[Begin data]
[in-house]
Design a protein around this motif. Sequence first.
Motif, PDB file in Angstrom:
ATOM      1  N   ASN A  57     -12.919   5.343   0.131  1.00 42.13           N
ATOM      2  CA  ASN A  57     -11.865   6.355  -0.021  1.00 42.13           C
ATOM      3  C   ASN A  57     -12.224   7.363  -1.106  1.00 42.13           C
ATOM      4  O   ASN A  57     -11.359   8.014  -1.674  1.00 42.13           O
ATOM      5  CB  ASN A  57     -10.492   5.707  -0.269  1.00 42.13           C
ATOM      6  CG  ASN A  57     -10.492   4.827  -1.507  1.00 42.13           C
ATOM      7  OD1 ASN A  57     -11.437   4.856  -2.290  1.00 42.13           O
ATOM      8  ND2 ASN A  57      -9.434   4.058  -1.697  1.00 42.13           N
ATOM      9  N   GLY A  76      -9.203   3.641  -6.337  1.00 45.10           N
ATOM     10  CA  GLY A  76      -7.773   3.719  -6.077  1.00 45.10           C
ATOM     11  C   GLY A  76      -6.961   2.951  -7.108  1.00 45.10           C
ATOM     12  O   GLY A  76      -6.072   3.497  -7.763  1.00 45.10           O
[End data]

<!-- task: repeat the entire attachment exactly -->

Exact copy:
[in-house]
Design a protein around this motif. Sequence first.
Motif, PDB file in Angstrom:
ATOM      1  N   ASN A  57     -12.919   5.343   0.131  1.00 42.13           N
ATOM      2  CA  ASN A  57     -11.865   6.355  -0.021  1.00 42.13           C
ATOM      3  C   ASN A  57     -12.224   7.363  -1.106  1.00 42.13           C
ATOM      4  O   ASN A  57     -11.359   8.014  -1.674  1.00 42.13           O
ATOM      5  CB  ASN A  57     -10.492   5.707  -0.269  1.00 42.13           C
ATOM      6  CG  ASN A  57     -10.492   4.827  -1.507  1.00 42.13           C
ATOM      7  OD1 ASN A  57     -11.437   4.856  -2.290  1.00 42.13           O
ATOM      8  ND2 ASN A  57      -9.434   4.058  -1.697  1.00 42.13           N
ATOM      9  N   GLY A  76      -9.203   3.641  -6.337  1.00 45.10           N
ATOM     10  CA  GLY A  76      -7.773   3.719  -6.077  1.00 45.10           C
ATOM     11  C   GLY A  76      -6.961   2.951  -7.108  1.00 45.10           C
ATOM     12  O   GLY A  76      -6.072   3.497  -7.763  1.00 45.10           O